All this description of facts about extinction may have proved rather wearisome to the reader, owing to the absence of any underlying uniformity. Nevertheless they served an important purpose in that through a careful consideration of them we were enabled gradually to come upon a solution of the fundamental question as to the intimate nature of experimental extinction. By ruling out one interpretation after another we arrived at the conclusion that [p. 60] extinction must be regarded as a special form of inhibition. That it cannot be regarded as an irreparable destruction of the conditioned reflex, due to disruption of the respective nervous connections, is evidenced by the fact that the extinguished reflexes spontaneously regenerate in course of time. Another possible explanation also suggests itself: may it not be that the experimental extinction is brought about simply by fatigue in some part of the neuro-secretory apparatus involved in the reflex? This is ruled out by the following evidence. The secretory elements in the gland do not become fatigued when the conditioned reflexes are being reinforced, although they continue indefinitely during an experiment to produce a full salivary secretion. Moreover, the restoration of an extinguished reflex is greatly accelerated by a fresh application of the unconditioned stimulus, a still further secretory activity of the gland being readily obtained although the reflex has been deeply extinguished. Neither can there be fatigue in the nervous centres of the secretory reflex. It is sufficient to recall the experiment which the conditioned reflex to the compound stimulus which had two cutaneous components -- tactile and thermal. The thermal stimulus, which was the weaker, could not by itself produce even the slightest positive effect: yet none the less its repeated application brought about a secondary extinction of the stronger tactile stimulus and even of the compound stimulus itself. The extinction of the ineffective thermal stimulus was at no time accompanied by any kind of positive activity of the nervous elements, and it is difficult to conceive that a part of the central nervous system underwent fatigue without previous activity. Again, it would seem that if we were to admit the possibility of any fatigue in the nervous centres, we could expect only the reflex to the thermal stimulus to become fatigued, but we find also an extinction of the reflex to the tactile stimulus which was not brought into activity at any time during the repeated stimulation of the thermal receptors. Thus by a process of elimination we are forced to the conclusion that experimental extinction is based on inhibition, and if we look at the facts which have been described, in the light of this conclusion nearly all of them become perfectly intelligible.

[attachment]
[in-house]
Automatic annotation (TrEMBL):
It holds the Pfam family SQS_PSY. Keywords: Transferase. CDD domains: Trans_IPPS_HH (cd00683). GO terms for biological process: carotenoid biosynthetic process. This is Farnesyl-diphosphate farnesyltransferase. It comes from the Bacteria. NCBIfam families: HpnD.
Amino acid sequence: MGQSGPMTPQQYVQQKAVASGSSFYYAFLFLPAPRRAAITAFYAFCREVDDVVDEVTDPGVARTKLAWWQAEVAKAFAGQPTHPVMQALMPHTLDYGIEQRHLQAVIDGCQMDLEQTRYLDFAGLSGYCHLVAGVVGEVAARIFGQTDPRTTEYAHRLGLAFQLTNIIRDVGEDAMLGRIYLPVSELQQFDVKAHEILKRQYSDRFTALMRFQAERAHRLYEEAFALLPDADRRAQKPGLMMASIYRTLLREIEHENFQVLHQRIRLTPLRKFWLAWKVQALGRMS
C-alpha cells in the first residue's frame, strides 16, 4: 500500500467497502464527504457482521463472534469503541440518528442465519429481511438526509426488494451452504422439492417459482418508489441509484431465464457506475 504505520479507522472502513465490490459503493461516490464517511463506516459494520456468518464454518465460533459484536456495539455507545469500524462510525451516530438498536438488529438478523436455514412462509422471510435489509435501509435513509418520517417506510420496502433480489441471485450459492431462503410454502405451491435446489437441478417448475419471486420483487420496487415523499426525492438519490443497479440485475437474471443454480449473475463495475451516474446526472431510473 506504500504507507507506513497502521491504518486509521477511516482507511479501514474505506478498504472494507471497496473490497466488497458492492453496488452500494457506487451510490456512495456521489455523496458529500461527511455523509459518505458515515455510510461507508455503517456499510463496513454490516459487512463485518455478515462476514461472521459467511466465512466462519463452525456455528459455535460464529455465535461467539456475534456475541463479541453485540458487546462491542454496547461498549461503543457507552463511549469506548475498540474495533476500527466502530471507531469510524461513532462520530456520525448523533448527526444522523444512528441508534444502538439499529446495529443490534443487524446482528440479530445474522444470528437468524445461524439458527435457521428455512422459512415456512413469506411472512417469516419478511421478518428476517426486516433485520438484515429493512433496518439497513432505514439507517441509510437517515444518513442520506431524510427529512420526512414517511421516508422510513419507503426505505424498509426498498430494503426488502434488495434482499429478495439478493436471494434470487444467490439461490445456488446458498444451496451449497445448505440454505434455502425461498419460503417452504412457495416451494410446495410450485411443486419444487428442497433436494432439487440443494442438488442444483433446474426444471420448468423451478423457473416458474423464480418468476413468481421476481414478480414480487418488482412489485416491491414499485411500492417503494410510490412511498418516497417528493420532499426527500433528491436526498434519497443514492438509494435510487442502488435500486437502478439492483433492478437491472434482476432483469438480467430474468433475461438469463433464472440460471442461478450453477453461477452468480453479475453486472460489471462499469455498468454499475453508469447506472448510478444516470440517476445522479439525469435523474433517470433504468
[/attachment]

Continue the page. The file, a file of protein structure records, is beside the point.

The spontaneous rhythmic fluctuations in the reflexes sometimes observed during the process of experimental extinction can now easily be explained as a manifestation of the struggle which is taking place between the nervous processes of excitation and inhibition [p. 61] before one or other of them gains the mastery. Similarly it becomes quite easy to understand the part played by the individuality of the animal. We have all observed for ourselves how the inhibitory processes in the nervous system of human beings are seldom of the same intensity in any two people, and numerous examples in the further course of these lectures will make it clear that a precisely similar variation obtains in the nervous system of animals.